Tepid increases came a day after Federal Reserve's rate hike and signal of a slower pace of future rises.
Hong Kong: Asian markets edged up Friday but caution prevailed following the previous day's rally, with investors concerned about a lack of detail on Donald Trump's tax reforms and spending promises in his first budget.
The tepid increases came a day after the Federal Reserve's rate hike and signal of a slower pace of future rises sparked a surge across equities and sent the dollar tumbling.
The greenback struggled to recover from that sell-off, with the pound and euro holding on to their gains, while a stronger yen further dented Japanese exporters, in turn dragging the Nikkei index down.
On Wall Street the Dow and S&P 500 both retreated on disappointment with Trump's controversial budget proposal, which was filled with big defence spending and cuts to education and environmental projects.
However, it lacked any detail on his pledge to slash taxes and ramp up infrastructure spending, with analysts saying there is a fear that ongoing acrimony on his health policy could mean the growth-firing measures will not come as soon as hoped.
Pound holds gains
"There is little doubt that Trump continues to tick off his list of promises," Greg McKenna, chief market strategist at AxiTrader, said in a note. "But it's becoming clear that the stimulus part of Trumponomics might be delayed behind other imperatives."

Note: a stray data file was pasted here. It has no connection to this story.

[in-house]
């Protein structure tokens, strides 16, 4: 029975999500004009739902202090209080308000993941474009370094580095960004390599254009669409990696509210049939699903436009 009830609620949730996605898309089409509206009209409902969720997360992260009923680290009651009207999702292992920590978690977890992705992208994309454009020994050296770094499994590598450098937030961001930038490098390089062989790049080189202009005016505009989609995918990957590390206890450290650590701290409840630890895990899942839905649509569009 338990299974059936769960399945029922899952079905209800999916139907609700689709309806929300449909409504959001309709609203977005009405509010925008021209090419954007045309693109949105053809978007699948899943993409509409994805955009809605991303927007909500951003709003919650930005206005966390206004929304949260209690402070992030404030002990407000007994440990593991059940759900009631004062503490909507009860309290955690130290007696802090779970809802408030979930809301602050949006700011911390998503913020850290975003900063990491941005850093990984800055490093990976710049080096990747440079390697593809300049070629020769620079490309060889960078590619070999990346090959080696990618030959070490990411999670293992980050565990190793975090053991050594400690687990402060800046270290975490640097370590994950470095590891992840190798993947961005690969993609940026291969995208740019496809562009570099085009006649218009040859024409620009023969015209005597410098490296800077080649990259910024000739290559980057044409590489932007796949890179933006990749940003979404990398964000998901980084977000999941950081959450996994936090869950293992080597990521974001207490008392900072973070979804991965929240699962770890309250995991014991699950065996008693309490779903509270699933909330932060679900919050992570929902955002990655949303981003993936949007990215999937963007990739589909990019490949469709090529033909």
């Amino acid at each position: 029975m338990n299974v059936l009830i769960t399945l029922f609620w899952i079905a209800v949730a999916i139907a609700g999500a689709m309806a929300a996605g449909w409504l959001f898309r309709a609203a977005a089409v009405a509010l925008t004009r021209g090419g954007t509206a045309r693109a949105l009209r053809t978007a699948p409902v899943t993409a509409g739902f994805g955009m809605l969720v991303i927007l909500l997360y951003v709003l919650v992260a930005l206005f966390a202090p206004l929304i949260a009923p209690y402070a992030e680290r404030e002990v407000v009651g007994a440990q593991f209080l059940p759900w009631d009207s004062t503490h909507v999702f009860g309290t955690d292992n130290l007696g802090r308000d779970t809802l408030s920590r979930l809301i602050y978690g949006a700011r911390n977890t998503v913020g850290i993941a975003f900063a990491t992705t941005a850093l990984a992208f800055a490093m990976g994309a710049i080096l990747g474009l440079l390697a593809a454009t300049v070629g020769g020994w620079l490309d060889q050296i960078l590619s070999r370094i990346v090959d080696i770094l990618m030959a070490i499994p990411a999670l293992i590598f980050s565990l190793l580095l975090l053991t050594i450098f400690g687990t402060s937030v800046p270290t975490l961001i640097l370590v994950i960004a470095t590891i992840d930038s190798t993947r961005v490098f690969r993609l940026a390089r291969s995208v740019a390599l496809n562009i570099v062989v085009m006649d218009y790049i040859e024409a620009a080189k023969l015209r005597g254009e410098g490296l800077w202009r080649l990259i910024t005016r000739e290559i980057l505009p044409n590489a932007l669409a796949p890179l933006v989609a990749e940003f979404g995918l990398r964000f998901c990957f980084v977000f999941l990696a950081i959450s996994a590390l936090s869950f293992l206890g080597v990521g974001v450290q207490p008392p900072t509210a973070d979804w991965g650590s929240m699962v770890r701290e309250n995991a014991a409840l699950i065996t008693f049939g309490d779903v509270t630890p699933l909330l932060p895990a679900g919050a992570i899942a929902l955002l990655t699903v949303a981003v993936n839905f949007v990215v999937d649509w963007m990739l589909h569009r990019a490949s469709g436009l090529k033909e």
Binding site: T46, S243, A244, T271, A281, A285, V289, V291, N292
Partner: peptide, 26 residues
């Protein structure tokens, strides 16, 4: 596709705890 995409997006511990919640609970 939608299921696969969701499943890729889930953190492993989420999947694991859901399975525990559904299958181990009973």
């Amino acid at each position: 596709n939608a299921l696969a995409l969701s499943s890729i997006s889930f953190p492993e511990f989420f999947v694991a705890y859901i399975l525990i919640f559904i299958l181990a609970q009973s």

"Traders are likely to be disappointed that they still haven't seen the meat on the bones of the tax proposals and infrastructure spending plans in this 'skinny budget'. It helps explain why yesterday's Fed sugar hit hasn't continued today."
Hong Kong was barely moved after a more than two percent jump Thursday, while Shanghai was also flat. Sydney added 0.3 percent and Seoul put on 0.2 percent while Singapore edged 0.1 percent higher. Taipei, Jakarta and Manila were also tentatively higher.
Tokyo ended the morning 0.3 percent lower but Toshiba soared five percent on reports the Japanese government is mulling using state money to support the company's plans to spin off its memory chip business.
However, the company is still under intense pressure as it struggles with huge losses at its US nuclear unit Westinghouse Electric and probes claims of misconduct by senior executives there. The Tokyo Stock Exchange has put Toshiba "under supervision", meaning it faces being delisted.
On currency markets the pound maintained Thursday's charge that came after minutes showed Bank of England policymakers were gravitating towards a possible interest rate hike, surprising traders. Sterling was flat at $1.2360, having jumped from around $1.2280 in London.